Unit Profile


1st Special Forces Operational Detachment - Delta (SFOD-D)

Combat Applications Group (CAG), Delta Force

The U.S. Army’s 1st Special Forces Operational Detachment-Delta (SFOD-D) is one of two of the U.S. government’s principle unit tasked with counterterrorist operations outside the United States (the other being Naval Special Warfare Development Group). Delta Force was created by U.S. Army colonel Charles Beckwith in 1977 in direct response to numerous, well-publicized terrorist incidents that occurred in the 1970s. From its beginnings, Delta was heavily influenced by the British SAS, a philosophical result of Col. Beckwith’s year-long (1962-1963) exchange tour with that unit. Accordingly, it is today organized into three operating squadrons, all of which (A, B, and C) are subdivided into small groups known as troops.  It is rumored that each troop, as the case with the SAS, specializes in HALO, SCUBA, or other skill groups.  These troops can each be further divided into smaller units as needed to fit mission requirements. Delta also maintains support units which handle selection and training, logistics, finance, and the unit’s medical requirements. Within this grouping is a little known, but vital technical unit which is responsible for covert eavesdropping equipment for use in hostage rescues and similar situations.

The unit is headquartered in a remote section of the U.S. Army’s sprawling Fort Bragg, North Carolina. Reports of the compound indicate that no expense has been spared, including numerous shooting facilities (both for close quarters battle and longer range sniping), an Olympic-sized swimming pool, dive tank, and a three-story climbing wall. Yet, as lavish as these accouterments may seem, they all serve vital roles in training counterterrorists. As units such as Delta do not get to choose when and where they will be needed. As such, they must train for any eventuality. These skills are enhanced by the unit's participation in an ongoing exchange and training programs with foreign counterterrorist units, such as (as might be expected) Britain's 22 SAS, France's GIGN, Germany's GSG-9, Israel's Sayeret Matkal/Unit 269, and Australia's own Special Air Service Regiment. Such close cooperation with other groups provides innumerable benefits, including exchanges of new tactics and equipment as well as enhancing relations that might prove useful in later real-world operations.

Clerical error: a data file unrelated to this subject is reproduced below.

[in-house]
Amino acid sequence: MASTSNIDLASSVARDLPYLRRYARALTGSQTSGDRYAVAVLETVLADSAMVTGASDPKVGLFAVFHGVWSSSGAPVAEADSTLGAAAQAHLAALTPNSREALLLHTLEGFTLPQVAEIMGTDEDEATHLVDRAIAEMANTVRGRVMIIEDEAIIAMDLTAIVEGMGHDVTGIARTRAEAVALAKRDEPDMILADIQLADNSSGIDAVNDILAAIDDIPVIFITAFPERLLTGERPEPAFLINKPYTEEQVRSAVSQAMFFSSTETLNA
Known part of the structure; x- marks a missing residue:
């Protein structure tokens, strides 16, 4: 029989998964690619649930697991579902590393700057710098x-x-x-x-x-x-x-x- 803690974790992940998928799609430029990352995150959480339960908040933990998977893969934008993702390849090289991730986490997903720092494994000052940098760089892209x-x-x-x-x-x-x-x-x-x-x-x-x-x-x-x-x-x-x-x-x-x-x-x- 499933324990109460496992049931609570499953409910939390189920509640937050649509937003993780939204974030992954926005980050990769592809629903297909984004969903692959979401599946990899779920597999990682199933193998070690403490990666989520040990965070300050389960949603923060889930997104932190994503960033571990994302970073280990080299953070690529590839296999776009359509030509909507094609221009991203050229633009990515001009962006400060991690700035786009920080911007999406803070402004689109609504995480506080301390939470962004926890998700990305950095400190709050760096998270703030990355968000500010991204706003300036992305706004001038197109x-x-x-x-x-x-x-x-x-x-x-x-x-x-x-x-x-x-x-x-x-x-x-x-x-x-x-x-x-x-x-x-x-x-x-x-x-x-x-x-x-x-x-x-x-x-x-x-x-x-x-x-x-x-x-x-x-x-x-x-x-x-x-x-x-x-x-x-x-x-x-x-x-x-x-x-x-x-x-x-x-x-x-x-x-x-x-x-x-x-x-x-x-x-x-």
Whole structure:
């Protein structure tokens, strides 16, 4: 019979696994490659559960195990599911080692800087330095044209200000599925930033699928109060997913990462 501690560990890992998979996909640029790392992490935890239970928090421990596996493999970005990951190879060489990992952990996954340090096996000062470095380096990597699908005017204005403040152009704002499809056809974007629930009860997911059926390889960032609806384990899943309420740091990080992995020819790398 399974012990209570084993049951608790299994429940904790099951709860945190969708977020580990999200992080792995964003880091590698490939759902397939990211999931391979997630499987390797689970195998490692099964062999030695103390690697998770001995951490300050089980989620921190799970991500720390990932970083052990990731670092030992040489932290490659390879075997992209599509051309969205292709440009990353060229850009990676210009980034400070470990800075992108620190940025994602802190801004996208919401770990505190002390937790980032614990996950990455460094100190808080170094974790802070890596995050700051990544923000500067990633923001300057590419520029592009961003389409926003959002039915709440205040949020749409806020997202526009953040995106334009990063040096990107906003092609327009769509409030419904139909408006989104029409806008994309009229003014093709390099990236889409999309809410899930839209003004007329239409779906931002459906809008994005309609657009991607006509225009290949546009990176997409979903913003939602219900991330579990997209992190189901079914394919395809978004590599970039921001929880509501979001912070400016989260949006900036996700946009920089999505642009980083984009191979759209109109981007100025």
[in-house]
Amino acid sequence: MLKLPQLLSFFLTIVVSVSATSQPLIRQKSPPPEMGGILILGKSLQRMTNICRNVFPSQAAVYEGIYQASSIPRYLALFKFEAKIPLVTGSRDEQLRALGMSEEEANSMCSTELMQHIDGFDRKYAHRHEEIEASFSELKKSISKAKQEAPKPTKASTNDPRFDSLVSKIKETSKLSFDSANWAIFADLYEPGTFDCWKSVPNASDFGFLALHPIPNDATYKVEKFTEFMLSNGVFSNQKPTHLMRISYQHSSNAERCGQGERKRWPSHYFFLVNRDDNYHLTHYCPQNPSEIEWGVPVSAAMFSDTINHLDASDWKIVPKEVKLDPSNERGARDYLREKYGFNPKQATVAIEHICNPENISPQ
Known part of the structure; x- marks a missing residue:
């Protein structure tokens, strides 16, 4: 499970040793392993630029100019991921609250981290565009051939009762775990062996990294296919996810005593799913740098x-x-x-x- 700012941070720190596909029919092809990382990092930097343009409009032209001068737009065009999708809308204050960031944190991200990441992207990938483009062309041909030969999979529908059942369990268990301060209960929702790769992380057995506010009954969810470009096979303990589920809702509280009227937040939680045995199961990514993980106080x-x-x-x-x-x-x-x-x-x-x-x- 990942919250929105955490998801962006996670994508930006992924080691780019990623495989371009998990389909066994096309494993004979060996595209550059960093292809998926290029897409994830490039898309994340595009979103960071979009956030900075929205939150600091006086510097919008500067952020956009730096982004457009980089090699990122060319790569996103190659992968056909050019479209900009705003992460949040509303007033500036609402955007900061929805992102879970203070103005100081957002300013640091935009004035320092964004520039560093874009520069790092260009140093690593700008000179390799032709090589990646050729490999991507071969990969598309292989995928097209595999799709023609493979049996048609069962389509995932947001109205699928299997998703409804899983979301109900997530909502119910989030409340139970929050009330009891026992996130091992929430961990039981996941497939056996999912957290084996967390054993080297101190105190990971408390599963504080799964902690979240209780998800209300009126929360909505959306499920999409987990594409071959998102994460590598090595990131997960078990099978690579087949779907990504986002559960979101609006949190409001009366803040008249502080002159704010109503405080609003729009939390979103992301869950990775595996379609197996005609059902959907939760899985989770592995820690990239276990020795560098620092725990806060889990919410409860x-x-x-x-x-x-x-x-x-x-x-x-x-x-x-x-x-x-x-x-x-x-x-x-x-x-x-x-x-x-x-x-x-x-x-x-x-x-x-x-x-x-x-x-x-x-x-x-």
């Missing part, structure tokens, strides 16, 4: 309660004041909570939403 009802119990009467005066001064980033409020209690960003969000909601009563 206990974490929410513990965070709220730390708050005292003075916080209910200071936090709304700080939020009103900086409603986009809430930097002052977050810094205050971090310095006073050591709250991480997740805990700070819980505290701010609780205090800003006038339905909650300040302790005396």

Delta troopers are also equipped with the most advanced weaponry and equipment available in the U.S. special operations arsenal. A significant portion of their gear is highly customized and cannot be found anywhere but in Delta’s lockers. An early example of this was a specially-constructed HAHO parachute rig which were been adapted to permit jumpers to keep their hands at their sides during the descent rather than above their heads. This alteration prevents the loss of functioning which can occur as a result of prolonged flight time in such an unnatural position.

The vast majority of the unit operatives come from the United States’ elite Ranger battalions and Special Forces groups, however candidates are drawn from all branches of the Army, including the Army Reserve and National Guard. Those initially selected are usually chosen in one of three ways. The first of these is in response to advertisements posted at Army bases across the country. The second method is by word-of-mouth, or personal recommendation from sources whose opinions are important to Delta screeners. Finally, on occasion the unit will require the skills of individuals who might not fall into one of the first two categories. If, in the instance that Delta’s commanders feel that an individual would make a valuable addition to the team (for example someone who speaks an obscure language or possesses hard-to-come by technical skills), a representative from Delta will be dispatched specifically to interview that person.

Real world examples of some missions with which Delta is tasked are represented below:

1979 - Worked with the FBI at the Pan American Games in Puerto Rico as part of an anti-terrorist team set up to anticipate possible terrorist activity at the event.

1983 - Participated in Operation Urgent Fury in Grenada, including the air assault of Richmond Hill prison to free as well as assisting in the seizure of a key airfield.

1984 - Deployed to the Middle East in response to the hijacking of a Kuwaiti Airlines airliner, during which two Americans were killed.

1985 - Again deployed in response to a hijacking, this time to Cyprus in anticipation of an assault on a seized TWA airliner.

1987 - Sent to Greece to secure U.S. Army Col. James "Nick" Rowe in response to reports that Vietnamese communist agents were planning an action against him.

1989 - Successfully rescued an imprisoned U.S. citizen during the opening minutes of Operation Just Cause in Panama and participated in the widespread search for Gen. Manuel Noriega and his advisors.

1991 - Deployed to the Gulf in 1991, both to serve as bodyguards for senior U.S. officers and, later, as part of a massive effort to locate and destroy mobile SCUD launchers in Iraq’s northern deserts.

1993 - As part of Task Force Ranger, took part in numerous operations to apprehend warlord Mohamad Farah Aidid in Mogadishu, Somalia.

1997 - Small advance team sent to Lima, Peru immediately following the takeover of the Japanese Ambassador's residence in January 1997 along with six members of the British SAS.